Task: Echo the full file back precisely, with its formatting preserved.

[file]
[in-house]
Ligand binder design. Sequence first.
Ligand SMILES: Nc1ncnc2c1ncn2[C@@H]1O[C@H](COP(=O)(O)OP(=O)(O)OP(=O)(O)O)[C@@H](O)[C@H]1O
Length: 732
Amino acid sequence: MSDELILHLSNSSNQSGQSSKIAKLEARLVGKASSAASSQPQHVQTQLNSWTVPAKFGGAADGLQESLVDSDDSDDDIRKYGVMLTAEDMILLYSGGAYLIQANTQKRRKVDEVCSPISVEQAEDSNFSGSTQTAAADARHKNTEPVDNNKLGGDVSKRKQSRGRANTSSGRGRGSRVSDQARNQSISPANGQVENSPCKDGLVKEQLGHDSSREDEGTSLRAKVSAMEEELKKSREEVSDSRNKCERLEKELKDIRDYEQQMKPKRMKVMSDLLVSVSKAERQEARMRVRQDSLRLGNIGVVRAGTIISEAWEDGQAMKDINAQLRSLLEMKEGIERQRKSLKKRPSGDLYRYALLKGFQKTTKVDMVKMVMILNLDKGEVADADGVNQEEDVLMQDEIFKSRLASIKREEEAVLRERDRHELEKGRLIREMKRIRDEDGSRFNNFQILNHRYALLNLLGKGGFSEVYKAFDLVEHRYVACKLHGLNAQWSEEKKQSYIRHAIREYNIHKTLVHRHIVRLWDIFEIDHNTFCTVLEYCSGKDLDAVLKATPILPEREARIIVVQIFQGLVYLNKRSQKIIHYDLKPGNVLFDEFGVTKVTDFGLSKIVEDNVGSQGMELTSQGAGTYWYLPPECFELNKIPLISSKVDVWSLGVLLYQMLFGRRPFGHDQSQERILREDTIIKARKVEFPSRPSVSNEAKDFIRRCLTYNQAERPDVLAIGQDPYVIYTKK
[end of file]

[in-house]
Ligand binder design. Sequence first.
Ligand SMILES: Nc1ncnc2c1ncn2[C@@H]1O[C@H](COP(=O)(O)OP(=O)(O)OP(=O)(O)O)[C@@H](O)[C@H]1O
Length: 732
Amino acid sequence: MSDELILHLSNSSNQSGQSSKIAKLEARLVGKASSAASSQPQHVQTQLNSWTVPAKFGGAADGLQESLVDSDDSDDDIRKYGVMLTAEDMILLYSGGAYLIQANTQKRRKVDEVCSPISVEQAEDSNFSGSTQTAAADARHKNTEPVDNNKLGGDVSKRKQSRGRANTSSGRGRGSRVSDQARNQSISPANGQVENSPCKDGLVKEQLGHDSSREDEGTSLRAKVSAMEEELKKSREEVSDSRNKCERLEKELKDIRDYEQQMKPKRMKVMSDLLVSVSKAERQEARMRVRQDSLRLGNIGVVRAGTIISEAWEDGQAMKDINAQLRSLLEMKEGIERQRKSLKKRPSGDLYRYALLKGFQKTTKVDMVKMVMILNLDKGEVADADGVNQEEDVLMQDEIFKSRLASIKREEEAVLRERDRHELEKGRLIREMKRIRDEDGSRFNNFQILNHRYALLNLLGKGGFSEVYKAFDLVEHRYVACKLHGLNAQWSEEKKQSYIRHAIREYNIHKTLVHRHIVRLWDIFEIDHNTFCTVLEYCSGKDLDAVLKATPILPEREARIIVVQIFQGLVYLNKRSQKIIHYDLKPGNVLFDEFGVTKVTDFGLSKIVEDNVGSQGMELTSQGAGTYWYLPPECFELNKIPLISSKVDVWSLGVLLYQMLFGRRPFGHDQSQERILREDTIIKARKVEFPSRPSVSNEAKDFIRRCLTYNQAERPDVLAIGQDPYVIYTKK